Neonatal ethanol withdrawal: characteristics in clinically normal, nondysmorphic neonates. Coles CD. Smith IE. Fernhoff PM. Falek A. Journal of Pediatrics. 105(3):445-51, 1984 Sep.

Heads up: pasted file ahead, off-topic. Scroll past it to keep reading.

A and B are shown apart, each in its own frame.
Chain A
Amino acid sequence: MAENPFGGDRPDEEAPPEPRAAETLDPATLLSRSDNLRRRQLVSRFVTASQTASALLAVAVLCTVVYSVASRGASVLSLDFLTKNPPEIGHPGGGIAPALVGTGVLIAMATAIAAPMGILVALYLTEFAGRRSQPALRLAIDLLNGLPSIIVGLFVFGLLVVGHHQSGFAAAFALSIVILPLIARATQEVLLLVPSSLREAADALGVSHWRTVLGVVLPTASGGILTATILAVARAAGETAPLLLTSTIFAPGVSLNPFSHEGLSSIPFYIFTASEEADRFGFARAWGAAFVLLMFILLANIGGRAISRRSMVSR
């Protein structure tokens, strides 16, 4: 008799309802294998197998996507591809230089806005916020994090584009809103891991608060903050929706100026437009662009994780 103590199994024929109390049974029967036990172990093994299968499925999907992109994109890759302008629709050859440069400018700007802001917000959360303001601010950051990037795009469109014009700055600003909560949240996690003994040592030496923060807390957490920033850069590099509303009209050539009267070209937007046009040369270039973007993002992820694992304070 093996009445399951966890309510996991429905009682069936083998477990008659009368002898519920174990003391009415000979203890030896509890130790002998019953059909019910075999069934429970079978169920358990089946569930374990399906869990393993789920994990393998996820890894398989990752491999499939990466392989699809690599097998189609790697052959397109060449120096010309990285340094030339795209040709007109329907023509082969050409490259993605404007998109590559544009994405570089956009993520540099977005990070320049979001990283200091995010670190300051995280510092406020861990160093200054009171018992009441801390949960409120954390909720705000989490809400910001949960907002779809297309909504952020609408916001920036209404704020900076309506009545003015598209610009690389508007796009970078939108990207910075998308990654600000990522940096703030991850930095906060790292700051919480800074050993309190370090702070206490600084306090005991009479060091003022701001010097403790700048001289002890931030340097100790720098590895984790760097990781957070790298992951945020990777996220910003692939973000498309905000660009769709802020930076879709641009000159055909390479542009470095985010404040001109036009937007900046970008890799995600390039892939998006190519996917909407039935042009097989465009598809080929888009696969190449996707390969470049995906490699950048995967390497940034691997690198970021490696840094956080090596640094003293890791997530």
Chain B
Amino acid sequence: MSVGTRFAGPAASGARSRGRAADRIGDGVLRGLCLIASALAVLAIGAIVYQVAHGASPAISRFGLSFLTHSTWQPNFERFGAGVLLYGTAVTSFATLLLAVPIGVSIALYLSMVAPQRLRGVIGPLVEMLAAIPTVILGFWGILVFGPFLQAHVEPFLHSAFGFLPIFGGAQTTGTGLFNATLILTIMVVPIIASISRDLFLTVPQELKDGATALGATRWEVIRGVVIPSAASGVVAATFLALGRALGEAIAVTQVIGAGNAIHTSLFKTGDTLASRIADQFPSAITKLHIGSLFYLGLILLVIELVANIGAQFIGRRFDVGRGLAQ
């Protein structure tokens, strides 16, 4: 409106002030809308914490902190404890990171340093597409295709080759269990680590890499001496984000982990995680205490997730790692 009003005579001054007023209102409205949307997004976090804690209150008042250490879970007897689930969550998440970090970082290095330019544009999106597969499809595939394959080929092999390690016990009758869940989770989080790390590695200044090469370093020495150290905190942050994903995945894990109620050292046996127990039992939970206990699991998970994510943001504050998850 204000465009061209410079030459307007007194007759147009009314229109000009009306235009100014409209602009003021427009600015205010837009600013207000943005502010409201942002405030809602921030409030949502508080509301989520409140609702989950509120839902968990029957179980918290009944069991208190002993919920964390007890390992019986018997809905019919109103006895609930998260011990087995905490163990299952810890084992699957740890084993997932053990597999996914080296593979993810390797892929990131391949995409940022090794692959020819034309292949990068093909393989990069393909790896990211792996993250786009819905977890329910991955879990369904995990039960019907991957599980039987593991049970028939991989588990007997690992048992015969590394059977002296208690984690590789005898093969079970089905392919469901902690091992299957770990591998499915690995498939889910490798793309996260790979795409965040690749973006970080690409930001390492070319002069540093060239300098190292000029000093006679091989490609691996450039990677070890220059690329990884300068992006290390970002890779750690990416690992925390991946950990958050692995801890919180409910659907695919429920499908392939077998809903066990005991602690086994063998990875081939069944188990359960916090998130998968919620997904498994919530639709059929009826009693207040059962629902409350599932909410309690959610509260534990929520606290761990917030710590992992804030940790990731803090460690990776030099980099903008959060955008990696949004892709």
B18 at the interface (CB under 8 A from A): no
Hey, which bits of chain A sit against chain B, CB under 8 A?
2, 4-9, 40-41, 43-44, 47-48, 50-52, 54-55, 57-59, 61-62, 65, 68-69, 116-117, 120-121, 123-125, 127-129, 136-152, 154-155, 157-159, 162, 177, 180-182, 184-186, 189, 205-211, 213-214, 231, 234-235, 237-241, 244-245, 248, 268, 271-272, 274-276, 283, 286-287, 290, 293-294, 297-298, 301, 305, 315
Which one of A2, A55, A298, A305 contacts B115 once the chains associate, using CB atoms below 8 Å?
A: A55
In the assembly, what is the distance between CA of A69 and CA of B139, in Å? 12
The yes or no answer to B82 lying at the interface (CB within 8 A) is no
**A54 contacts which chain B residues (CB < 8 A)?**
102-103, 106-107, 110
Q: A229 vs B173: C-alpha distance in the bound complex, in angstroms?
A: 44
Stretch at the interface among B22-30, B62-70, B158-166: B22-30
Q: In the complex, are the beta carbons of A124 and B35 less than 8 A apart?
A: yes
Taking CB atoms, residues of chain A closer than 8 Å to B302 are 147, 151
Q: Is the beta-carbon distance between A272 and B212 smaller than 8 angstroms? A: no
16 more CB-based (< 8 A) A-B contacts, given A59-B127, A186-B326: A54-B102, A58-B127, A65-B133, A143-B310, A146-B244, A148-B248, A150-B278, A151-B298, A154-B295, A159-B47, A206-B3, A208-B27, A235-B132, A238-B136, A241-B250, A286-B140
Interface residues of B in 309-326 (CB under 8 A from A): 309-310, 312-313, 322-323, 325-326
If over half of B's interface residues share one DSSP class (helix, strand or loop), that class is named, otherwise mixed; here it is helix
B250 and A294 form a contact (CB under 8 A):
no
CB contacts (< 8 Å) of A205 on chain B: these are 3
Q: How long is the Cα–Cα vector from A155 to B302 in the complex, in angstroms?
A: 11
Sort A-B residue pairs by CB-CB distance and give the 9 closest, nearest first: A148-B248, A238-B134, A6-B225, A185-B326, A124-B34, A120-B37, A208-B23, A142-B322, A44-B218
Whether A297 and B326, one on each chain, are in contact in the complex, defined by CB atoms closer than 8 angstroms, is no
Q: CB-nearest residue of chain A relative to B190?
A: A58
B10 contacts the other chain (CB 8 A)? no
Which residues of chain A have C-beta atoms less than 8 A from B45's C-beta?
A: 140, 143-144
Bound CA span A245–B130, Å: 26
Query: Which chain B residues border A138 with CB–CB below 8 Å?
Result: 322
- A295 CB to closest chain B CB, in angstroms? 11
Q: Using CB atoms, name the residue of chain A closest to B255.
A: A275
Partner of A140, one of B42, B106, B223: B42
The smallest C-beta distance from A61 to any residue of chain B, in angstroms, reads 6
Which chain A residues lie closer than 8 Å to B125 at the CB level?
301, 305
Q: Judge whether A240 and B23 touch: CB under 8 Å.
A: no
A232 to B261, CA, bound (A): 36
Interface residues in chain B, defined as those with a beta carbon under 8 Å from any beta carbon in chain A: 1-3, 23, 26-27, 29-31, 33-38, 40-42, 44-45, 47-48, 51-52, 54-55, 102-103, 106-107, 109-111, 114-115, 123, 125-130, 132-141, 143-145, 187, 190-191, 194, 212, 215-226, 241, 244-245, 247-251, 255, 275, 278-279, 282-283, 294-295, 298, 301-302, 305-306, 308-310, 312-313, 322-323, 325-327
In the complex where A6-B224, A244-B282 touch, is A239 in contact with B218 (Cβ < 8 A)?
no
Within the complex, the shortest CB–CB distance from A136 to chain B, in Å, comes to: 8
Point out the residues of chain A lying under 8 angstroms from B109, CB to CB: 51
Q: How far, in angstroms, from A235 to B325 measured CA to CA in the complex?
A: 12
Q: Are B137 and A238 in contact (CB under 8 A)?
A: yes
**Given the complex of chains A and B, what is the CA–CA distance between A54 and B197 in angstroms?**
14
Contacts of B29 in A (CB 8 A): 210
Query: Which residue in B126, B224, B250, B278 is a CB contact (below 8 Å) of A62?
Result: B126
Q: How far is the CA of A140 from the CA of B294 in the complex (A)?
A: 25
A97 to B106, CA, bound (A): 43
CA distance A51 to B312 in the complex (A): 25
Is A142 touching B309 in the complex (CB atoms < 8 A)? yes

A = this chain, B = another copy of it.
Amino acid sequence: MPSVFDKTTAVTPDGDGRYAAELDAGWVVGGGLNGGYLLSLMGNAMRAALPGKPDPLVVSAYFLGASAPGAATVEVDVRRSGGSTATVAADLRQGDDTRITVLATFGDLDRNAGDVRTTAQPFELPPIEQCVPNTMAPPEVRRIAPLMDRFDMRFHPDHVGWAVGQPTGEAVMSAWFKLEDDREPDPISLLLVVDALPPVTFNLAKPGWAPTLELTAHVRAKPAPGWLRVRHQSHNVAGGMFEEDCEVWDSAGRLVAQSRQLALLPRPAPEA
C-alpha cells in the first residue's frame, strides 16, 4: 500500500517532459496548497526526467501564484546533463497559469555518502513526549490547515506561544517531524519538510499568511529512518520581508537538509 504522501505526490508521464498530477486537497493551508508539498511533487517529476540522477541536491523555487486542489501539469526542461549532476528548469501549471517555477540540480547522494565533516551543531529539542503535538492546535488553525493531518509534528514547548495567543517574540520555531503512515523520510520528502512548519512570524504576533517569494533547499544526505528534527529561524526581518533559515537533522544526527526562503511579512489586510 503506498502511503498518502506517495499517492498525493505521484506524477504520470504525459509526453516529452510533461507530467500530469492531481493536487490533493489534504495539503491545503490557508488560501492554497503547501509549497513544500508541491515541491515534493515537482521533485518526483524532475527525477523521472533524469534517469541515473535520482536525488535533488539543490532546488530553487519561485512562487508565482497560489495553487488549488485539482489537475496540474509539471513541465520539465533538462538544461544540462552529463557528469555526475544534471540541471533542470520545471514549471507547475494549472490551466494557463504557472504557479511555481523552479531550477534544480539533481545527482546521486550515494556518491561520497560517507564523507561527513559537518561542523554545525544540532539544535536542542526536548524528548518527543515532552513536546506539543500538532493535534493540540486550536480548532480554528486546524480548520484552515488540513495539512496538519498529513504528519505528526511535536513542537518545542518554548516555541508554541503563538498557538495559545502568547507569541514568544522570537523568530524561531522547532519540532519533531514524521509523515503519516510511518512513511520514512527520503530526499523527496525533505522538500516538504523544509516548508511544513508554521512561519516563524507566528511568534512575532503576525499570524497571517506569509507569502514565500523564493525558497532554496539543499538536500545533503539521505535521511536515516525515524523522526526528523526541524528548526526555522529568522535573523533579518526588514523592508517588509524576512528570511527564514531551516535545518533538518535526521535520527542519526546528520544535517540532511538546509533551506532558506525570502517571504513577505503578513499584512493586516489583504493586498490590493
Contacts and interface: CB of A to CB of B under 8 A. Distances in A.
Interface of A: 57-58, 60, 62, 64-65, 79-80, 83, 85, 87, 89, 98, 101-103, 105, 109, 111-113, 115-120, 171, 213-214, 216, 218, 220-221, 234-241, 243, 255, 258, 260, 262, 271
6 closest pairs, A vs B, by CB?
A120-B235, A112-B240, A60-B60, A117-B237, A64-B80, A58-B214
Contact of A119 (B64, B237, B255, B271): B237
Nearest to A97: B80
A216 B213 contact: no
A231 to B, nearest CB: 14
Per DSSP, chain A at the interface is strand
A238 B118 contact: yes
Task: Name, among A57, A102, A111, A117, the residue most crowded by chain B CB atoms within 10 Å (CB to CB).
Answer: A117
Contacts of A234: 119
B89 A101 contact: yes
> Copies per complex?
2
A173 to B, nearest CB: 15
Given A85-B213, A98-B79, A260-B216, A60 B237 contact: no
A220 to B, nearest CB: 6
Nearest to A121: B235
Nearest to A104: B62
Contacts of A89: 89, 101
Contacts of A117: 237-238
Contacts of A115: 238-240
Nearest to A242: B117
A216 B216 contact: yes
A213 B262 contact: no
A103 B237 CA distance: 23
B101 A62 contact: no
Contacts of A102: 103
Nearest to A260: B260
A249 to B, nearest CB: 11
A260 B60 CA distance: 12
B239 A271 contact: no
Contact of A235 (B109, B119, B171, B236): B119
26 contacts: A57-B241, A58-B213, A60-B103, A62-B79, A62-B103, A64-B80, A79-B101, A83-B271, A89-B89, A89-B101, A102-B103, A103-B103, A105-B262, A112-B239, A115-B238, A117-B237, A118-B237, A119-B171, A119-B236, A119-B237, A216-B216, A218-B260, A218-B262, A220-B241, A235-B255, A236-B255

Although neonatal withdrawal syndrome is often noted in infants of narcotics addicts, ethanol withdrawal has been reported only among neonates with fetal alcohol syndrome. To examine the possibility that ethanol withdrawal occurs more widely and to identify its characteristics, the behavior of eight neonates born to women who drank a mean of 21 ounces of absolute alcohol per week during gestation was compared with that of two contrast groups: 15 infants whose mothers drank an equivalent amount but stopped in the second trimester, and 29 infants whose mothers never drank. None of the 52 infants had fetal alcohol syndrome, and all were in good health. Neurobehavioral evaluation 3 days postnatally compared the groups for the occurrence of characteristic signs of withdrawal from central nervous system depressants. Whereas there was no difference in the frequency of withdrawal symptoms among infants of mothers who never drank (mean 1.4) or of mothers who stopped drinking (mean 1.8), infants of mothers who continued to drink (mean 4.7) had significantly more tremors, hypertonia, restlessness, excessive mouthing movements, unconsolable crying, and reflex abnormalities. By interfering with state control and interactive behaviors, withdrawal could affect mother-infant bonding as well as the conditions that foster cognitive and social development.

















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